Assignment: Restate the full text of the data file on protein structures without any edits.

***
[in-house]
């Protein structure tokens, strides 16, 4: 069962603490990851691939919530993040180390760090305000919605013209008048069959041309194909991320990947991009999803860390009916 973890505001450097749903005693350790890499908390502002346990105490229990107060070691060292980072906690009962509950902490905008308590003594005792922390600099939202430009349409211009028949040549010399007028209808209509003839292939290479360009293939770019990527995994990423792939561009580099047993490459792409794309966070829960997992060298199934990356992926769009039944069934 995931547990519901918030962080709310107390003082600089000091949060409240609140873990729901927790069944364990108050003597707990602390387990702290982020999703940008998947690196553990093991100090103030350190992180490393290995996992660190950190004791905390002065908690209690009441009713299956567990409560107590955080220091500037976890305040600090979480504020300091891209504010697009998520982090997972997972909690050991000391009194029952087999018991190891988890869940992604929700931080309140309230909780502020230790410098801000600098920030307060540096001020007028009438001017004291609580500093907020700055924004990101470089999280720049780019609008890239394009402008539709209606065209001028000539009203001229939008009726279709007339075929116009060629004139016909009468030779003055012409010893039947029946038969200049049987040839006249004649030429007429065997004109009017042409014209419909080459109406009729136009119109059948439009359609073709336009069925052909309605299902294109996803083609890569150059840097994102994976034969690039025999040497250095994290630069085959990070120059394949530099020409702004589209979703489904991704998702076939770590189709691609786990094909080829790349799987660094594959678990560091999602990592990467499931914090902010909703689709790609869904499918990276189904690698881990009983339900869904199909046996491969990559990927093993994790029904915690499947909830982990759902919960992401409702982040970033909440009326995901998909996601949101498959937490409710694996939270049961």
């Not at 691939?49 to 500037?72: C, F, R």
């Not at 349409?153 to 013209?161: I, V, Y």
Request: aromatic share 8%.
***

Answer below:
[in-house]
């Protein structure tokens, strides 16, 4: 069962603490990851691939919530993040180390760090305000919605013209008048069959041309194909991320990947991009999803860390009916 973890505001450097749903005693350790890499908390502002346990105490229990107060070691060292980072906690009962509950902490905008308590003594005792922390600099939202430009349409211009028949040549010399007028209808209509003839292939290479360009293939770019990527995994990423792939561009580099047993490459792409794309966070829960997992060298199934990356992926769009039944069934 995931547990519901918030962080709310107390003082600089000091949060409240609140873990729901927790069944364990108050003597707990602390387990702290982020999703940008998947690196553990093991100090103030350190992180490393290995996992660190950190004791905390002065908690209690009441009713299956567990409560107590955080220091500037976890305040600090979480504020300091891209504010697009998520982090997972997972909690050991000391009194029952087999018991190891988890869940992604929700931080309140309230909780502020230790410098801000600098920030307060540096001020007028009438001017004291609580500093907020700055924004990101470089999280720049780019609008890239394009402008539709209606065209001028000539009203001229939008009726279709007339075929116009060629004139016909009468030779003055012409010893039947029946038969200049049987040839006249004649030429007429065997004109009017042409014209419909080459109406009729136009119109059948439009359609073709336009069925052909309605299902294109996803083609890569150059840097994102994976034969690039025999040497250095994290630069085959990070120059394949530099020409702004589209979703489904991704998702076939770590189709691609786990094909080829790349799987660094594959678990560091999602990592990467499931914090902010909703689709790609869904499918990276189904690698881990009983339900869904199909046996491969990559990927093993994790029904915690499947909830982990759902919960992401409702982040970033909440009326995901998909996601949101498959937490409710694996939270049961």
């Not at 691939?49 to 500037?72: C, F, R």
């Not at 349409?153 to 013209?161: I, V, Y």
Request: aromatic share 8%.